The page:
“Ako na lang! Nagpiprisinta akong maging pambayad!”

“I volunteer! I volunteer as Tribute!”

Imagine that in a Tagalog dubbing of the film. 😛 Awkward translation is awkward.

I think the better translation is “Alay“, which means an “offering”, and carries with it the connotations of a “Tribute” as someone who is offered or sacrificed to a higher power that is The Capitol. I suppose “pambayad” also connotes a Tribute as “payment” for the Districts’ crime of rebellion, but I think the first option is more powerful and more accurate based on the original English term, and it also implies the second option when the Treaty of Treason is explained anyway. But since “Tribute” is an in-world term, I’d rather they retained the English word.

In Tagalog, the characters can also come across as…bitchy. Exhibit A:

In English:

It’s hard to hate my prep team. They’re such total idiots.

Maybe it’s just me, but “hangal” often comes across as rather harsh and insulting. As my friend Ron says:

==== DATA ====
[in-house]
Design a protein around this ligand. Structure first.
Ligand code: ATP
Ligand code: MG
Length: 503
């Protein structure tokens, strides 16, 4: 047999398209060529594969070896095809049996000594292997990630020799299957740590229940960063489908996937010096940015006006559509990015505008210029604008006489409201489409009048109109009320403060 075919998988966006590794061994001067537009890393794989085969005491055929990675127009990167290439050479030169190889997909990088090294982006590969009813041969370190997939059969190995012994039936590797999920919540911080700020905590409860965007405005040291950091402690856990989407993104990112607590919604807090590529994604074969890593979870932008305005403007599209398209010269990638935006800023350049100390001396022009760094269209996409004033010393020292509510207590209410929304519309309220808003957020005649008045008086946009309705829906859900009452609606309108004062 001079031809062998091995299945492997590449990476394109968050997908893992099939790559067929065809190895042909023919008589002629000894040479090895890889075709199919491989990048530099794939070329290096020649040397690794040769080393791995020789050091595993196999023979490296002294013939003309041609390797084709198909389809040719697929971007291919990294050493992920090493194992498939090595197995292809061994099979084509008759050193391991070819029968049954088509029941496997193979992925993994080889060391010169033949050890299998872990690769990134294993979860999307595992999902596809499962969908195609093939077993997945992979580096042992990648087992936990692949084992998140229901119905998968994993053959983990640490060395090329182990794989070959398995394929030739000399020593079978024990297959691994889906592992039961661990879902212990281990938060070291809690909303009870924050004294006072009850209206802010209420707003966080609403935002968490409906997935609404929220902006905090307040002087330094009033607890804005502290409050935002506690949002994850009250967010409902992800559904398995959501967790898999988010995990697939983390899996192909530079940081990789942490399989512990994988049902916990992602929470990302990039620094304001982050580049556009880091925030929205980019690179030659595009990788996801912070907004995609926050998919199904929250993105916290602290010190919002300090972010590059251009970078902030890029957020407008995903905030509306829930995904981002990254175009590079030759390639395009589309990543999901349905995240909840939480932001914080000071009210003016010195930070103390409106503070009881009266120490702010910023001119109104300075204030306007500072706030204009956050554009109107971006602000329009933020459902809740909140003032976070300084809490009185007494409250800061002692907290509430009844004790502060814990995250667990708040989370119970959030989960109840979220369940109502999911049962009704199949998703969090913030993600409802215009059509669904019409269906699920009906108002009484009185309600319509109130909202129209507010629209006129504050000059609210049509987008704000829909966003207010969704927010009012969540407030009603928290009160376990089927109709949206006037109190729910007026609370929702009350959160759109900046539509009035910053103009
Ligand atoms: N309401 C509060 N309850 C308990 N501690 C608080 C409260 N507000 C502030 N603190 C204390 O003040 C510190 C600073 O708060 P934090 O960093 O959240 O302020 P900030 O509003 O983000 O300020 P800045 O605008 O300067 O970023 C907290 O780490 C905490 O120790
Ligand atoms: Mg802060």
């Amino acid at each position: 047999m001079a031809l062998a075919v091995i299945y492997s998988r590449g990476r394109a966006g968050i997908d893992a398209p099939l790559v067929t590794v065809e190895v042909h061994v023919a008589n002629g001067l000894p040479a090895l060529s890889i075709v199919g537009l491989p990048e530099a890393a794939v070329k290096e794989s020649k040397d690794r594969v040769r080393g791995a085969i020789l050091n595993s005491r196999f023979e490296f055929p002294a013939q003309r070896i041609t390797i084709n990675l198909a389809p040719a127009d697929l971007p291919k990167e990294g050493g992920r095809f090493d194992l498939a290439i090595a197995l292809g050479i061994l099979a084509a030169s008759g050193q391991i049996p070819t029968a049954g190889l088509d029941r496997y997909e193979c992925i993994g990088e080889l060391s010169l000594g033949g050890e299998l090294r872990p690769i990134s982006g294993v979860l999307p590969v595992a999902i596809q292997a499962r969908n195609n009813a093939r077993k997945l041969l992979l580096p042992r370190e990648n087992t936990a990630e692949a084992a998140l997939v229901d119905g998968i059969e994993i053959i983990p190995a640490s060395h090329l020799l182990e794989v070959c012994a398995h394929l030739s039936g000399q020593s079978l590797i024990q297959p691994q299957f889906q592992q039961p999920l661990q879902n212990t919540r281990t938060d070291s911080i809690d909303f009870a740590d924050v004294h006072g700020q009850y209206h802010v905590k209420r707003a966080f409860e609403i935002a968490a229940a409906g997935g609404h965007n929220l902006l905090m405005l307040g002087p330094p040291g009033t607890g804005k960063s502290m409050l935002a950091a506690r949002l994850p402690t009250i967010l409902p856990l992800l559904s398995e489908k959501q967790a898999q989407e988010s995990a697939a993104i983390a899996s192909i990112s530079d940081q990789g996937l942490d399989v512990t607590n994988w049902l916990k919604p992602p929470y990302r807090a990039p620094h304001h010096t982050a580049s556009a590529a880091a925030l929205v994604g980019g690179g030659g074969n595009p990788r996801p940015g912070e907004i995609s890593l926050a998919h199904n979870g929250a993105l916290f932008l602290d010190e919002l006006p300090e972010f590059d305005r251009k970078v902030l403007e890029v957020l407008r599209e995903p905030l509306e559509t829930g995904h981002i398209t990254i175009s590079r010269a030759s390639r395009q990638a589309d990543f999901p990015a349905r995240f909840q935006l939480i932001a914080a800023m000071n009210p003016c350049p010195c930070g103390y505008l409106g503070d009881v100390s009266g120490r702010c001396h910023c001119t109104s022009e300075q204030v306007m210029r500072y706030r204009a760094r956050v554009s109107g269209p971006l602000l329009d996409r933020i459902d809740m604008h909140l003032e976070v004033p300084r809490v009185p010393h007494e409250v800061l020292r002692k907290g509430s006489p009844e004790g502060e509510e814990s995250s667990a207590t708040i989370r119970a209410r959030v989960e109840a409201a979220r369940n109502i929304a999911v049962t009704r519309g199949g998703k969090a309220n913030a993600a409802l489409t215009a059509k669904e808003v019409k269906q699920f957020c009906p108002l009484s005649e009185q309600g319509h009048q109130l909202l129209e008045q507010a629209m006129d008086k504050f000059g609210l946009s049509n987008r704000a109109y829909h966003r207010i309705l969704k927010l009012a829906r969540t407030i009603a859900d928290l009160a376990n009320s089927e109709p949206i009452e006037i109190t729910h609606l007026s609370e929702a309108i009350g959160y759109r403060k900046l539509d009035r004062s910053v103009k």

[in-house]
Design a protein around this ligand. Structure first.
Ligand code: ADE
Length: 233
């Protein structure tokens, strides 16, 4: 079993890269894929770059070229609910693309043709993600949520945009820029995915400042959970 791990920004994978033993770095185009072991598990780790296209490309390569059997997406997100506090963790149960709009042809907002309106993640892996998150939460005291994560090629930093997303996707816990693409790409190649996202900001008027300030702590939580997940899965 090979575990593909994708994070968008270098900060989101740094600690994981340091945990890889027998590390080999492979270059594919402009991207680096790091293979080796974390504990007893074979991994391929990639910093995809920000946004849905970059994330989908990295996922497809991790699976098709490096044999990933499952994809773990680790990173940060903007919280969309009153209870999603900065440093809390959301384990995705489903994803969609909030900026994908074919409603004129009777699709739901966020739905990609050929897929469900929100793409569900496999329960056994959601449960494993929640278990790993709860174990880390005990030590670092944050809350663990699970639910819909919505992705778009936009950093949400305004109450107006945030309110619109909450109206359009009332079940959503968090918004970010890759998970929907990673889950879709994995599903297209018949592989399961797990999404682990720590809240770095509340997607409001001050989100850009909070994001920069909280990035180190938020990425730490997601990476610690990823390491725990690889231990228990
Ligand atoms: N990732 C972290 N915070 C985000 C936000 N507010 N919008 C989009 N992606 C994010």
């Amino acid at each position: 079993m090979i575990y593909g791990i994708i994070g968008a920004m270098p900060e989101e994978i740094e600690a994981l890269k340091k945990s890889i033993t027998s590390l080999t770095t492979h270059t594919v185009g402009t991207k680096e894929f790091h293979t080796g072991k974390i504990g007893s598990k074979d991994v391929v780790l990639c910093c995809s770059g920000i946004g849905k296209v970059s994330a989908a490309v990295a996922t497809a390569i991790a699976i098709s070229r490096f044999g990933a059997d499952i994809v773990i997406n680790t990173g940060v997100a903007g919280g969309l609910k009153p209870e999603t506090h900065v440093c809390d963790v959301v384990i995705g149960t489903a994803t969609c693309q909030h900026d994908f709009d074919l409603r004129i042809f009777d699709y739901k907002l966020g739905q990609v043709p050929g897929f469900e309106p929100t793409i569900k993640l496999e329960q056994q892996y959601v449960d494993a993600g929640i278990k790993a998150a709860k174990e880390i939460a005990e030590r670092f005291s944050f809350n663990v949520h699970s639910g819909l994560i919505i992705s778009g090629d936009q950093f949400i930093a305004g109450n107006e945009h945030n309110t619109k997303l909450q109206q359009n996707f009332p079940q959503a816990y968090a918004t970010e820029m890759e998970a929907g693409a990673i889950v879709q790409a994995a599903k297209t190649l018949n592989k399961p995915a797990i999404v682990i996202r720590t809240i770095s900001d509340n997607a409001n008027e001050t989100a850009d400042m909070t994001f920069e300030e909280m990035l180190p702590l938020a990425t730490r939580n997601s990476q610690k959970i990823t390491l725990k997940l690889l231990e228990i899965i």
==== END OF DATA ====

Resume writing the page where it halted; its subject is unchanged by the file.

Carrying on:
Filipino Pop Culture note: Celia Rodriguez is a veteran actress who is often cast in villainous roles.

“Total idiots” was an insult too, actually, but it had an affectionate undertone in Katniss’ English voice that the translation couldn’t quite capture.

There’s also this:

And this:

In English:

“Shocked. Terrified. Uh, ridiculous, some of them.”

Here’s another iffy translation:

“Ginawa na iyon dati ni Johanna Mason…Mukha siyang iyakin at duwag kaya inignora siya ng lahat…”

Inignora” was used in place of “ignored”. I read inignora the Italian way the first time and did a double-take. Other people in my Twitter said they read it the Spanish way, which sounds pretty much the same. I think “Mukha siyang iyakin at duwag kaya ‘di siya pinansin ng lahat.” would have been just as good a translation, and less awkward.

And some random quotes and comments:

I’ll post Part 2 of this blog entry when I finish the book. I’ll also talk about the loss of a character’s voice, literal translations and word order, and additional impressions on my favorite scenes.

Disclosure: I’m actually writing an article about the translations for publication, and have sent some questions to the publisher of the Filipino Editions. Their answers will hopefully give us a look at their translation process and why they made the decisions that they did. I’m also curious about who they will say they are translating all these books for and why. 😉

To be continued…

Snapshots: Bookmark Love #2 + “The Hunger Games: The Filipino Edition”

I’m back with another Snapshots post to fulfill my promise of sharing more bookmarks and just in time to join in Bookmark Mondays at Guiltless Reading. ^_^